Australian women aren't safe at home. The domestic violence epidemic in this country is more pervasive than the drunken violence on our streets, but we aren't seeing sweeping law changes and outraged letters to editors. The abuse happening in Australian homes is shrouded in secrecy but the statistics – one woman a week dead, one hospitalised every three hours – make it impossible to ignore.
This year Daily Life, along with the Sydney Morning Herald, is committing to keeping the issue of domestic violence at the top of the public agenda. We're calling our campaign Shine a Light and we want to create more engagement and action on what the statistics bluntly show is the greatest threat to the physical safety and emotional well-being of Australian women.
Photo: Getty Images
The obstacle we all face in tackling domestic violence is stigma: the stigma attached to a victim recognising and admitting they are in an abusive relationship, and equally, for an outsider, the stigma of "poking your nose in" and asking someone if they are OK. But these two simple actions can and will save lives.
CEO of Domestic Violence NSW, Tracy Howe, believes Australians have never been more ready to take action. She says we've “had a gutful” of maintaining a polite silence and that the past 12 months has seen a significant shift in the way Australians think about domestic violence as the result of several high-profile cases – particularly that of Sydney-sider Lisa Harnum.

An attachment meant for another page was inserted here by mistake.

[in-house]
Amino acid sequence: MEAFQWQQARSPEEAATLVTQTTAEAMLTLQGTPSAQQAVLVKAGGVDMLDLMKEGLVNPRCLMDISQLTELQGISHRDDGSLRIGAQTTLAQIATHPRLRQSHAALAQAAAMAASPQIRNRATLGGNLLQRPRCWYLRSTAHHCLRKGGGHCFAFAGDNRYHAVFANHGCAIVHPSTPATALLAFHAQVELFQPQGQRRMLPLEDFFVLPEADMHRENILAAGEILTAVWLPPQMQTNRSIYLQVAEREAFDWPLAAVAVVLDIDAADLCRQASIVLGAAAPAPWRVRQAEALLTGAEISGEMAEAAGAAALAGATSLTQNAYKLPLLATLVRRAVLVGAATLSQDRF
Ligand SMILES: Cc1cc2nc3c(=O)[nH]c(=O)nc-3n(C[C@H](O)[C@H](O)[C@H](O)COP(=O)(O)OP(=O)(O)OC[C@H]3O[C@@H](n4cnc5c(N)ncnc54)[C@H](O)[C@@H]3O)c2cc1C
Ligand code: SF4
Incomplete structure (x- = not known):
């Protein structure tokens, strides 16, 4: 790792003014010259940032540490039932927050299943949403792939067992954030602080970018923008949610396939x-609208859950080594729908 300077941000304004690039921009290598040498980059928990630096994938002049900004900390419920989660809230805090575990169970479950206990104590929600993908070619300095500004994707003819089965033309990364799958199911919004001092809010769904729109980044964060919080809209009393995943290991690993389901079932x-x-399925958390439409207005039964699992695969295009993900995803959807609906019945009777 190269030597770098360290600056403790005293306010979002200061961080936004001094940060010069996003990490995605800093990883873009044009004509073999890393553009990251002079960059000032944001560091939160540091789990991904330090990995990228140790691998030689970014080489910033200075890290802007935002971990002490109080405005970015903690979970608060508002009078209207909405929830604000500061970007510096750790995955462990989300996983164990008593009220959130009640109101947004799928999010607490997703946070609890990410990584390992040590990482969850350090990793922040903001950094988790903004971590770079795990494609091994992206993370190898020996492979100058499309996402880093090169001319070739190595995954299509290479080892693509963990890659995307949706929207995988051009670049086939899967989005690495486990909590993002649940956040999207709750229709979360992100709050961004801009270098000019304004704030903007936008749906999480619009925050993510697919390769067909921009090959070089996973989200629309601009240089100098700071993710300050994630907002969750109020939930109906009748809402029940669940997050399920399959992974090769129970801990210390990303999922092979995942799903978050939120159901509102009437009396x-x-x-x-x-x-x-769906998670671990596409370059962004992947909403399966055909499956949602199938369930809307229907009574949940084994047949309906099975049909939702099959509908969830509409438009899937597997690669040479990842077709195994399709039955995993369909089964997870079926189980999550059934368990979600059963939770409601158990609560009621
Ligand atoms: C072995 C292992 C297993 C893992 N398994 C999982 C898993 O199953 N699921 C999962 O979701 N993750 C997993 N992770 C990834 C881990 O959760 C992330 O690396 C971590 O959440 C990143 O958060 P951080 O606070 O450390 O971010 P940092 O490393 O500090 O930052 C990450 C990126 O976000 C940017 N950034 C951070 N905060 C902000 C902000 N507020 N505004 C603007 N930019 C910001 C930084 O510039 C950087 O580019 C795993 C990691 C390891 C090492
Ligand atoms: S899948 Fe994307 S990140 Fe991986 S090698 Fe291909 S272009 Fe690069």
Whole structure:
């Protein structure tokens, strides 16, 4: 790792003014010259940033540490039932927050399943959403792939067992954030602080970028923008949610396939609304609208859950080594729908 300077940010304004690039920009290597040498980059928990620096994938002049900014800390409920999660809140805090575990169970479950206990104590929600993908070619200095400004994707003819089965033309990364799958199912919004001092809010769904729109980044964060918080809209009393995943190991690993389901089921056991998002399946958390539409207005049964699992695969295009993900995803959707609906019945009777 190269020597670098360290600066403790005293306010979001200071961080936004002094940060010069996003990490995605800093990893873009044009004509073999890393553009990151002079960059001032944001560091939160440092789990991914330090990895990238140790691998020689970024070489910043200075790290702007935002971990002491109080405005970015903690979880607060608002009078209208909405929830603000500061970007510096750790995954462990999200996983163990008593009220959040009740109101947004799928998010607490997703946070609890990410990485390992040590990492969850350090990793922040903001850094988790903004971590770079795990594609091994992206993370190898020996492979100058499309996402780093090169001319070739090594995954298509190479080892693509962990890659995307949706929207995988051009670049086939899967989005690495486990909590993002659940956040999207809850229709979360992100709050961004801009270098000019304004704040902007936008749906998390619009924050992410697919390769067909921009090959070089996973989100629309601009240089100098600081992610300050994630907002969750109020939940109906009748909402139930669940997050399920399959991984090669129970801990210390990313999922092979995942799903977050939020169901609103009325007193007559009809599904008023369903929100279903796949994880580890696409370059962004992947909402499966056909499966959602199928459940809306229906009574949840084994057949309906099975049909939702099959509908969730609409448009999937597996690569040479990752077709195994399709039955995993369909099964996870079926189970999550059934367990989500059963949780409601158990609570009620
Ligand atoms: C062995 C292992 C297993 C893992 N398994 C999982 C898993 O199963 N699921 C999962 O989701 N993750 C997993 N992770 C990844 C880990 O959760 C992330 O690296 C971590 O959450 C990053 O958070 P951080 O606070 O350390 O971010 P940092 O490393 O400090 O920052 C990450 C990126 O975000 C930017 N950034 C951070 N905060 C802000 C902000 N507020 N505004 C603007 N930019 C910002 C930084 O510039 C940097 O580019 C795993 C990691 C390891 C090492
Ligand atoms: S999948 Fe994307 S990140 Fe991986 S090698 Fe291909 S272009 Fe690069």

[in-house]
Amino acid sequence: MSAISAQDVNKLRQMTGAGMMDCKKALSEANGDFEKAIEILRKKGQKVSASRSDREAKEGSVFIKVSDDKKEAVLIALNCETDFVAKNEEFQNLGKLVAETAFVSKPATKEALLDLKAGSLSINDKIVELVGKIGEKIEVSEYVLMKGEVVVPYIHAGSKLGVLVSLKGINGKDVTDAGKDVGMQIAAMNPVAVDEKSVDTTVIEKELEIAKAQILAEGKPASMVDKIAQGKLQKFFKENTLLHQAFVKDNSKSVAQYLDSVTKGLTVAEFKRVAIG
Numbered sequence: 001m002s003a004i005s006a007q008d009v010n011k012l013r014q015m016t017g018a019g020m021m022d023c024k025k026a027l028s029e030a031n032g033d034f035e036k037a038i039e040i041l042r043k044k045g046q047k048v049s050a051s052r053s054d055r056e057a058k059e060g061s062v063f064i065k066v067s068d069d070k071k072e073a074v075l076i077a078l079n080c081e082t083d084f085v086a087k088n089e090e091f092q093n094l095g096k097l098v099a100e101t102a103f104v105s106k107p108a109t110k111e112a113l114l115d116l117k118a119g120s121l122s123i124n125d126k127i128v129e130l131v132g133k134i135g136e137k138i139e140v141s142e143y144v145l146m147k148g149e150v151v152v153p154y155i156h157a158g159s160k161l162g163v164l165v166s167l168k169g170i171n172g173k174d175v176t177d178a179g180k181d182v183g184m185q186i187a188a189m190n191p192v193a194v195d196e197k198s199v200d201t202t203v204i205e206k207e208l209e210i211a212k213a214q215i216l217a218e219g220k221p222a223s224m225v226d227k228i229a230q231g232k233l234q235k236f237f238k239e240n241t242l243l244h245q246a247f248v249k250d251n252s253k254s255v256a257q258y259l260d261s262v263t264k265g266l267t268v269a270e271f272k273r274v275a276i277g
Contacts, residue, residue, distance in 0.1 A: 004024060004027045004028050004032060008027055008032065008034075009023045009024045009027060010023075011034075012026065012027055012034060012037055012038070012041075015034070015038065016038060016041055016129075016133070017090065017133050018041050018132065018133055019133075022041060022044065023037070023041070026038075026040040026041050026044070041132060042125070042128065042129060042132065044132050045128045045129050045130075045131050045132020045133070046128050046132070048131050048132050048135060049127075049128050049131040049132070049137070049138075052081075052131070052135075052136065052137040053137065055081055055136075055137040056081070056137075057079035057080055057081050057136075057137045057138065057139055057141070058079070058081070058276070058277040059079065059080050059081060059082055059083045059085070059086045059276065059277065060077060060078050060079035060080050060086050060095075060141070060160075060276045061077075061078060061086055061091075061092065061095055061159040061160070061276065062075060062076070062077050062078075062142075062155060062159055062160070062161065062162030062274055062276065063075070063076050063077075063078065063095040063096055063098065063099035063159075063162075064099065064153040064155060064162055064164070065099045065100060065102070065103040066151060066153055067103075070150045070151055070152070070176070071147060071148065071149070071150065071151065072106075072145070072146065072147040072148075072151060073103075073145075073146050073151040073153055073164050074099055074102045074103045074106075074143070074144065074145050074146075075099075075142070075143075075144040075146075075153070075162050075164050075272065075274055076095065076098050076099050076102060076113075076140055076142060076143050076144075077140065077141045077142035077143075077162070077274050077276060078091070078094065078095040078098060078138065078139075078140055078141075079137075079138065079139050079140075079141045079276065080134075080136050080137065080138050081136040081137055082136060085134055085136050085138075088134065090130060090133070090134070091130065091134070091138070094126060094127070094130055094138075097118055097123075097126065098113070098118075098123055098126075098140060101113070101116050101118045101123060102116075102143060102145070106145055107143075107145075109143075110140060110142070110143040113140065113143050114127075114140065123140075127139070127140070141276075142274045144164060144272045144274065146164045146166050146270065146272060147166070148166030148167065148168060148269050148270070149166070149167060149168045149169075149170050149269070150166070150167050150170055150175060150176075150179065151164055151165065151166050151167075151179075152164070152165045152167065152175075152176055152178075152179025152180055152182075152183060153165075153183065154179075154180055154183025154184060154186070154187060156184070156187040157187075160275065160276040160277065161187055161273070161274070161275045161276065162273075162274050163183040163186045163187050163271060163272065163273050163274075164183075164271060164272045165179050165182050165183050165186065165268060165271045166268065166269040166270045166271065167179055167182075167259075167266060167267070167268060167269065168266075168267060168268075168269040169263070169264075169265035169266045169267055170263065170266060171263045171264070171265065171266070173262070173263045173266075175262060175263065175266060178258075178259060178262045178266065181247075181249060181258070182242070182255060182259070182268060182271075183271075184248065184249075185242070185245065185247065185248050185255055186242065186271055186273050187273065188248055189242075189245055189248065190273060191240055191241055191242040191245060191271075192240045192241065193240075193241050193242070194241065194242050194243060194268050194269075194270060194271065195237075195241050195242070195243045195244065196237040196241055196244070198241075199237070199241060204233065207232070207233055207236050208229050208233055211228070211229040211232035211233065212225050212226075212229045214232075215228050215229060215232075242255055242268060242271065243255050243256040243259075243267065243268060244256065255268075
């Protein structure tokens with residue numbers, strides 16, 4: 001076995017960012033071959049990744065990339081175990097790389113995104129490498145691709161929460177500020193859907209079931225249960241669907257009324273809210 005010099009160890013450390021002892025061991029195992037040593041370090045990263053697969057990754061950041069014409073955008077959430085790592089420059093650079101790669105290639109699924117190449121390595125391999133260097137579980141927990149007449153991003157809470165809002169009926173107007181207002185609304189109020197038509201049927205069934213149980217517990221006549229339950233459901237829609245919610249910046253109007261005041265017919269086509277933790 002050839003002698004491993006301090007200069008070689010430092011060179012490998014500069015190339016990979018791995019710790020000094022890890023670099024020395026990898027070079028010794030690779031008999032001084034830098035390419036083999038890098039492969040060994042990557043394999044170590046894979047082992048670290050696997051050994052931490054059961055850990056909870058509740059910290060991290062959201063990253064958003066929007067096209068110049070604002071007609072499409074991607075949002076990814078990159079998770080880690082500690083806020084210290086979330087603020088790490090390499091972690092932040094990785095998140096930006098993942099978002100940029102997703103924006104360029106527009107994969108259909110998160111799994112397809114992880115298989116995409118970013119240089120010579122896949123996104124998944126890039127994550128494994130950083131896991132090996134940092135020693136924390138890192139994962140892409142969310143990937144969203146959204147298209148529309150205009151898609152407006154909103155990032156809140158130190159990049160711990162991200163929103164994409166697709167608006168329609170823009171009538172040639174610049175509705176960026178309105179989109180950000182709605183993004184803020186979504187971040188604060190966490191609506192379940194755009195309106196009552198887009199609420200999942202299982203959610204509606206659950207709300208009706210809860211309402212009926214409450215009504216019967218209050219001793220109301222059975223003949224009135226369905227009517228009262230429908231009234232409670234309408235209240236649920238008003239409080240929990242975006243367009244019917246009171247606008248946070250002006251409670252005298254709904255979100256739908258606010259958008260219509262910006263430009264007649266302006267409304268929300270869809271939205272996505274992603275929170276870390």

Howe says the Harnum case has helped the community to recognise and start talking about non-physical signs of abuse such as controlling behaviour and the use of technology to monitor and track a partner.
“Even if there is no immediate physical abuse, any form of emotional, mental, sexual or psychological abuse is never OK. There is never an excuse for this kind of behaviour.”
Reaching out for help or offering it to someone you think might be at risk isn't easy. It's often an act of great bravery that comes with serious risk. Victims of domestic violence need to feel that when they ask for help they won't receive judgment and shame. Responding appropriately starts with how we discuss the issue at home, report it in the media and the support we offer victims.
To create a significant shift in the way we treat domestic violence we not only need to offer unwavering support but to commit to being active bystanders when we witness abuse – whether it is in the street, over the neighbour's fence or if we see something in a friend's relationship that worries us.
We hope that by shining a light on the issue we can make a difference.
Australian women have the right to be safe in their homes. We intend to keep publishing stories that send this message until it is heard.
Join us on taking a stand against domestic violence by sharing this story on Facebook, tweeting #ShineALight or leaving a comment below.
Together, we can be the change we want to see.
For 24 hour help, call 1800 RESPECT (1800 737 732). Or see your state and territory helplines here.